How Pomodoro Changed My Life
Structuring your time is more important than you think
Some native Italian speakers may be a bit puzzled and ask how exactly tomatoes changed my life.
While I can think of a few impacts the red fruit (yes, fruit) has on me, I’m talking about the time management technique of the same name. Personally, I know what it’s like to struggle with staying on task. For years, I would try to keep my brain on the path to productivity but to no avail. I continued to bounce from project to project, let the dishes stack up, and extend client deadlines. I was getting desperate, other methods that seemed to work for others but didn’t yield the same level of success for me. Then on a curiously quiet Monday I saw the words — Pomodoro Timer.
At first, it felt like a waste of time. An all too familiar failed tactic like the others but after the first few rounds I had accomplished what felt like the impossible. I boomed out an entire days worth of work in a few hours. The feat itself was shocking but what baffled me was that I didn’t even realize it until my list was almost empty. I had experienced flow for what felt like the first time in my life.
What is Pomodoro?
The truly elegant part about this method is its simplicity. Pomodoro is a productivity hack that suggests doing a task for a set interval of time (usually 25 min) and taking a break in-between (5–15min). Sounds easy, right? Just pop on a timer and the rest will take care of itself. Like most things, it’s easy to talk about but implementation is a different story. After a full four rounds of work and three short breaks it is encouraged to take a slightly longer break before resuming another set of work and shorts. This on/off method helps keep your attention fresh on the subject while also letting your brain rest and recharge.
Pomodoro in 5 Steps
- Choose a task from your todo list
- Set timer for (x) and work on the one task
- Once the timer stops take a short break for about (5) minutes
- Repeat steps 2 three more times and 3 two more times
- Once the timer stops take a long break for about (30) minutes
This is essentially the basic format to follow but it helps to add some structure to further enhance your workflow. We’ll get into pro tips in just a little bit.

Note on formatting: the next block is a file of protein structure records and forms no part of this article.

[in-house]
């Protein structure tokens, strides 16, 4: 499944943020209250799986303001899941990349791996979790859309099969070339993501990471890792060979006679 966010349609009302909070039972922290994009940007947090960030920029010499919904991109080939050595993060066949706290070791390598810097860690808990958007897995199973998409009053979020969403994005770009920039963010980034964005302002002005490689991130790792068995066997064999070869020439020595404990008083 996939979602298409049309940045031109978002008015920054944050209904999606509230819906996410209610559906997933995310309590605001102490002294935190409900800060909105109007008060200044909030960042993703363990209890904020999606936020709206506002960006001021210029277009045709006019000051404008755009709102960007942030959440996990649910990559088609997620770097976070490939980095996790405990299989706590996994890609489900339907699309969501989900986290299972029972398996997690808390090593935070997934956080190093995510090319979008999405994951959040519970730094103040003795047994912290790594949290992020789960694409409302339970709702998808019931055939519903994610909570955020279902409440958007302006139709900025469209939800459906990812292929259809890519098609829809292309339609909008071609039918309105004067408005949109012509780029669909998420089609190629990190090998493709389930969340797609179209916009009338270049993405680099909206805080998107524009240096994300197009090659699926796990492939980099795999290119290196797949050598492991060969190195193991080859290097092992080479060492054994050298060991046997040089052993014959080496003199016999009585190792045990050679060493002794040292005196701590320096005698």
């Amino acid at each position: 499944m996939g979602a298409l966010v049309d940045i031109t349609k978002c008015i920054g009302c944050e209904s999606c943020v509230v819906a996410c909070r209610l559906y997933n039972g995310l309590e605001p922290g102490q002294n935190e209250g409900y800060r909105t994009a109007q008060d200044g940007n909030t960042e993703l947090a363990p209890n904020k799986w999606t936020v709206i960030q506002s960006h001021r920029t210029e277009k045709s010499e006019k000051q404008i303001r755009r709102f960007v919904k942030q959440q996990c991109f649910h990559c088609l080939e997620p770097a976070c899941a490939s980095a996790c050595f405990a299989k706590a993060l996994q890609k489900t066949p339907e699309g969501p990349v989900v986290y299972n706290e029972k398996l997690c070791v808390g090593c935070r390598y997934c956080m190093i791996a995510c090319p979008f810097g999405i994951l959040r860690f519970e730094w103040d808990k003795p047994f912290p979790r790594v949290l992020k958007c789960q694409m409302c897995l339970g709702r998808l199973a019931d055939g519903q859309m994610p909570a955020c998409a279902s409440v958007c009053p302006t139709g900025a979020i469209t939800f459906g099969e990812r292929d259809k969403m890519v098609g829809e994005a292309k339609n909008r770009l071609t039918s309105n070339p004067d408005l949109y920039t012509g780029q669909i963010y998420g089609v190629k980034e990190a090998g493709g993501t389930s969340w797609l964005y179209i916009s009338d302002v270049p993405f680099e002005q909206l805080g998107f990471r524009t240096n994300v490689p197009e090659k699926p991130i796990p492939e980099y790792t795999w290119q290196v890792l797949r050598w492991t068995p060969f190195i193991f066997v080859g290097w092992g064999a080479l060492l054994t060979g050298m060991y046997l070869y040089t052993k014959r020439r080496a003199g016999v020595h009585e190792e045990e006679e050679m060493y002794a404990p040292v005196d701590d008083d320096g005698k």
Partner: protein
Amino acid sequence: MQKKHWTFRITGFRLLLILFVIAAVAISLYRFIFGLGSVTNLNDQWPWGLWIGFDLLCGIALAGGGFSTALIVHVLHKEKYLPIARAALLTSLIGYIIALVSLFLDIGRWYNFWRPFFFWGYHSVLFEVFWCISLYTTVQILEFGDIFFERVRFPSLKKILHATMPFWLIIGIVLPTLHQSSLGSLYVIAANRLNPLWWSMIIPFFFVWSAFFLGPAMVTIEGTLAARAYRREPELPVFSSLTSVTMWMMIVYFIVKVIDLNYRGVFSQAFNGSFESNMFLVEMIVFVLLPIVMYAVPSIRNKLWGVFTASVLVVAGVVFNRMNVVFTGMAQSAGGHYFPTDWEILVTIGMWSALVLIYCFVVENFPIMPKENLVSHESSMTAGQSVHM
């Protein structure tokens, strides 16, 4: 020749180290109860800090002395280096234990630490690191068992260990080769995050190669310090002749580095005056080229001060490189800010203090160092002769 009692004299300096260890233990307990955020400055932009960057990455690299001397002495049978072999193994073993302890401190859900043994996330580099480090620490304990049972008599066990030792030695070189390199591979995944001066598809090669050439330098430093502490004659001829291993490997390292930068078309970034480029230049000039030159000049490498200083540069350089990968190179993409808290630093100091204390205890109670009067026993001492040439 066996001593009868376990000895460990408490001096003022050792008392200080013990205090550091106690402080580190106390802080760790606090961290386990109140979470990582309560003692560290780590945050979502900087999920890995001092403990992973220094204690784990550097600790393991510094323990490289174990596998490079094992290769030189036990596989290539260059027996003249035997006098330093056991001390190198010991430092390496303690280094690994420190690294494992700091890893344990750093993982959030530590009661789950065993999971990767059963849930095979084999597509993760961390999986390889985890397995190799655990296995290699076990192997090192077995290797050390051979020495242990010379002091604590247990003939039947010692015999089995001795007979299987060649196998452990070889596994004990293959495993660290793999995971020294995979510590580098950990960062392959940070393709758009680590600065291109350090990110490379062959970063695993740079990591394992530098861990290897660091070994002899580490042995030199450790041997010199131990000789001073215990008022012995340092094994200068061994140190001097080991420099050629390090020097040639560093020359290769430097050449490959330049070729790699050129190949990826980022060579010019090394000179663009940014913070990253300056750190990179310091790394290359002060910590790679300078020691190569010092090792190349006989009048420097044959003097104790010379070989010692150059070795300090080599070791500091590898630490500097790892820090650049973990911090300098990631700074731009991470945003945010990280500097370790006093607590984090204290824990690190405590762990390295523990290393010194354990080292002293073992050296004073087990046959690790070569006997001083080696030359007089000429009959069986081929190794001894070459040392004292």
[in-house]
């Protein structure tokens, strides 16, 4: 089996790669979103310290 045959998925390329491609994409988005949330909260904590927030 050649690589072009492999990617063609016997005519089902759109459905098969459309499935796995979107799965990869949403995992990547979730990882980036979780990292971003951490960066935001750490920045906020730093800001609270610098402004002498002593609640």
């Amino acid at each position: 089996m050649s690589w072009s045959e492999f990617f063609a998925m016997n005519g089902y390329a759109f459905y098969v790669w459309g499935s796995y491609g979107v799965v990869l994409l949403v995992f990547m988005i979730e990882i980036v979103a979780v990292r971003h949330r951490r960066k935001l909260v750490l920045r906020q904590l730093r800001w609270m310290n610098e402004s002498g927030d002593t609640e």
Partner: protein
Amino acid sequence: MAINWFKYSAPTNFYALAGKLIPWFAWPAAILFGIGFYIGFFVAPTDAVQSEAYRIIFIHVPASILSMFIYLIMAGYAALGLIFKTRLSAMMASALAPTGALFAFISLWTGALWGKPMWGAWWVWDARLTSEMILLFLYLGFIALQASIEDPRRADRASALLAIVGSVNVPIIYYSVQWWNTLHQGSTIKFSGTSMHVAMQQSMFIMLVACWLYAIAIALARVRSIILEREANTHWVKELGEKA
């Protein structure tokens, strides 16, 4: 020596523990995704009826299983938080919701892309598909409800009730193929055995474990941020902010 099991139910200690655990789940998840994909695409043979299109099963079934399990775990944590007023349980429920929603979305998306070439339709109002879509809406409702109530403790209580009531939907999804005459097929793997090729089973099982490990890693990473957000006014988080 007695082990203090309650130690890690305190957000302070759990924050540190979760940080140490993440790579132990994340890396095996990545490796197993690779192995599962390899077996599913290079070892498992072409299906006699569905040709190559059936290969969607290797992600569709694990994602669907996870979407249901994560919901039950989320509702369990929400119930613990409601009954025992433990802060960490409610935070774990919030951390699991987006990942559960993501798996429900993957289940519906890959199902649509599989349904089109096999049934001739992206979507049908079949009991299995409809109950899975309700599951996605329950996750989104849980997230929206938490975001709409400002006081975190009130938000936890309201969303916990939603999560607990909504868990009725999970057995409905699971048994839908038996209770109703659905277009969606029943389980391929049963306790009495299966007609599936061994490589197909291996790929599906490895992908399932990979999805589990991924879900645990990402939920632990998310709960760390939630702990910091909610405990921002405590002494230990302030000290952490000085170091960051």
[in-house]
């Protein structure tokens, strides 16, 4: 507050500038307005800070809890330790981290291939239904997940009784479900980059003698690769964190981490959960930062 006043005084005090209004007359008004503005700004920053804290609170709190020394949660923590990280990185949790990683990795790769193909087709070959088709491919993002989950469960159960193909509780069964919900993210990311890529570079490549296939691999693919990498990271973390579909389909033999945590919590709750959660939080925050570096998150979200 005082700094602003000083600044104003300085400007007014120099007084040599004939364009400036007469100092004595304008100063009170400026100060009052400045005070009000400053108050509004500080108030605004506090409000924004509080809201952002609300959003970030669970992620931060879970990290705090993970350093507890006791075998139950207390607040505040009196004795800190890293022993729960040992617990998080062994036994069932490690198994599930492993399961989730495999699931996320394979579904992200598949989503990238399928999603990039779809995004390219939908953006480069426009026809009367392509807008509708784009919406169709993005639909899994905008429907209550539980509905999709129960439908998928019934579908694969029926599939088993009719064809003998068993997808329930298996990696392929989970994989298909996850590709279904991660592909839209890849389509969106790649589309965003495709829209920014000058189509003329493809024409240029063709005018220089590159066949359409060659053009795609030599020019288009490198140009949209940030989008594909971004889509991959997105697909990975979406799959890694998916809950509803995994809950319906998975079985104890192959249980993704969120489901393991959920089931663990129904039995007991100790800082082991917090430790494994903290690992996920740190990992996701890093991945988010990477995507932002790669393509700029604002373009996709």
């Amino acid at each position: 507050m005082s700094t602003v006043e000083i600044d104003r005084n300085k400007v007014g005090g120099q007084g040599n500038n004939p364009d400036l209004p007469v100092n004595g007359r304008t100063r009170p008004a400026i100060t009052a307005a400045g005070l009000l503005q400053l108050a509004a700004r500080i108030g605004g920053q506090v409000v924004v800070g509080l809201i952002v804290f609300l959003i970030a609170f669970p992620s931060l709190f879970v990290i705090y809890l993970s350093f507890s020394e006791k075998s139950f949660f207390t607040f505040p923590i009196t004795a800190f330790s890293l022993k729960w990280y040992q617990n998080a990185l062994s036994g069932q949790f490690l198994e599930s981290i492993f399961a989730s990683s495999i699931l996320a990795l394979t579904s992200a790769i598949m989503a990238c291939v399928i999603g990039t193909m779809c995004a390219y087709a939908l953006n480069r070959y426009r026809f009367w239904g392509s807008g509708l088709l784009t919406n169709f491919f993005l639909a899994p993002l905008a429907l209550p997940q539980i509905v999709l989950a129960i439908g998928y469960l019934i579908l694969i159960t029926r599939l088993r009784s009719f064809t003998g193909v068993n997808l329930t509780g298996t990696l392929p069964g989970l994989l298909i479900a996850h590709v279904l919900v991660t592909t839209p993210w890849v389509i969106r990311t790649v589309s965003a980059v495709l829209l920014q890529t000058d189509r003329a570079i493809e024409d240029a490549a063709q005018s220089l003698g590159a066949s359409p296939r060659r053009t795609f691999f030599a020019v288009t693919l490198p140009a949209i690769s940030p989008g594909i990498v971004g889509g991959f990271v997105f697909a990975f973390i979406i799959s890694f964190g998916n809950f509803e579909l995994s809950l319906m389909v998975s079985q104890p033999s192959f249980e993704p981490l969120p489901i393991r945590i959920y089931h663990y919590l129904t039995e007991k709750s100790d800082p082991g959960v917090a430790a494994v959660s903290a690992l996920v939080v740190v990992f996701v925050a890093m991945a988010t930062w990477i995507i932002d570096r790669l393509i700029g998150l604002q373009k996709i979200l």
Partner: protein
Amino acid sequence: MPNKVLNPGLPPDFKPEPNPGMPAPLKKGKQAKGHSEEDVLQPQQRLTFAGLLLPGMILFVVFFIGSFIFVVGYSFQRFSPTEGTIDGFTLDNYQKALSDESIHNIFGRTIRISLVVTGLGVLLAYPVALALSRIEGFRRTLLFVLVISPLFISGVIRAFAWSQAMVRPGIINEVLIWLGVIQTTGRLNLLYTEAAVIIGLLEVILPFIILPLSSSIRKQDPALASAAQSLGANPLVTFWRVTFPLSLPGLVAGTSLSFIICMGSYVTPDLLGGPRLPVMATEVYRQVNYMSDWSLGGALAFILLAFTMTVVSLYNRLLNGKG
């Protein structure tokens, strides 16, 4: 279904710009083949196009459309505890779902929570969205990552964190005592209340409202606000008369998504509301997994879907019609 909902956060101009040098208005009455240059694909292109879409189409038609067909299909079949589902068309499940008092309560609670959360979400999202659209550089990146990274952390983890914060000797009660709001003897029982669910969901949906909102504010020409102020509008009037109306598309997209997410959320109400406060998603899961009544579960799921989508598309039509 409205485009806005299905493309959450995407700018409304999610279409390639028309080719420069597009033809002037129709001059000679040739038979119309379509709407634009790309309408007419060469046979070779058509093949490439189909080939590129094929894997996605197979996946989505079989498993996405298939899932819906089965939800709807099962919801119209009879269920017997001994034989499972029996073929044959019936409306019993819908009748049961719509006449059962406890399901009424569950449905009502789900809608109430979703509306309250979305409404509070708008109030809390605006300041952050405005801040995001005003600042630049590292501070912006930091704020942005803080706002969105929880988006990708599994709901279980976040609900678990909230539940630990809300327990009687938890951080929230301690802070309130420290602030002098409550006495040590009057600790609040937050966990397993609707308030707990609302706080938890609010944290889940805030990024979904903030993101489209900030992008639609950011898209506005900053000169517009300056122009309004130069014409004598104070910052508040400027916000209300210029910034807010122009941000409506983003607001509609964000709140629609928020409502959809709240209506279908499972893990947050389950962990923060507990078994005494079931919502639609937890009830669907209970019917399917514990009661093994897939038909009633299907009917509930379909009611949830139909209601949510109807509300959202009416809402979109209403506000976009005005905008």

Recently, I’ve been utilizing my breaks to handle other things on my todo list aside from the main task I decide to focus on. Since I work from home I tend to do house work to maximize my productivity like walking my dog, doing dishes, vacuuming, even a quick set of pull ups and push ups. It’s crazy how much you can really get done in five minutes.
One day during my breaks I cleaned my entire bathroom. I simply broke the bathroom tasks down into subtasks and did one thing per five minute break. Clean counters and sink, clean toilet, clean shower, change out towels and mats, remove trash.
Over the course of 3 hours of work I’d cleaned my entire bathroom without it feeling like a separate overwhelming task.
Stress is at the backbone of the majority of problems we face on a daily basis. What’s worse is its ability to compound —where current stress can lead to a pressurized situation that leads to new stress and so on and so on. Not only has Pomodoro helped reduce my stress in regards to deadlines and the overwhelming feelings that accompany them. I’ve also developed a better understanding of limits; not just my own personal ones but how much attention I put on a task. I am able to better gauge if I am spending too much or too little time working on something and that is truly where the change happened for me. It opened my eyes to the importance of time how I use mine.
We are all born with two finite resources — time and attention. Be very thoughtful about how and where you utilize yours.
Success in Small Packages:
Small wins make the world go round. Making tasks bitesized and actually accomplishable will do wonders for your attitude towards the work you’re doing and increase your productivity momentum. Slightly gamifying things can really take the pressure off of some larger projects. In programming and other professions, this is called the divide and conquer approach to work. An author does not simply open a blank page and write a perfectly crafted novel from start to finish. They plan, process, write, revise, write more, revise more, etc.
An example workflow for a large goal could look like this:
Main task — Write book
Sub tasks — plot, characters, chapters, edit, proofread
Plot > brainstorm plot > research genre > research common tropes > explore plot twist ideas
Characters > brainstorm characters > research moods/traits > create main and side characters > identify antagonist > explore character relationships
Chapters > outline number of chapters > set chapter lengths > align story with chapter > write chapter
Editing > edit character backgrounds > check for holes in the plot > revisit climax > edit chapter # > edit chapter ## > etc.
Proofread > compile manuscript > full read through > get second opinion > professional proofread
Very simplified example but I hope you get the jist of what I’m trying to convey.
- Breakdown larger goals/project
- Utilize those breaks for physical activity or minor tasks
- Make sure you can hear the timer chime
- Choose intervals that work for you
- Don’t give up
Advice is intrinsically biased. What works for others may not work for you. I’m happy to share what worked for me in the hopes it can benefit you as well. Pomo is not for everyone but I feel like its worth a shot next time you sit down to study, code, create, or change the world.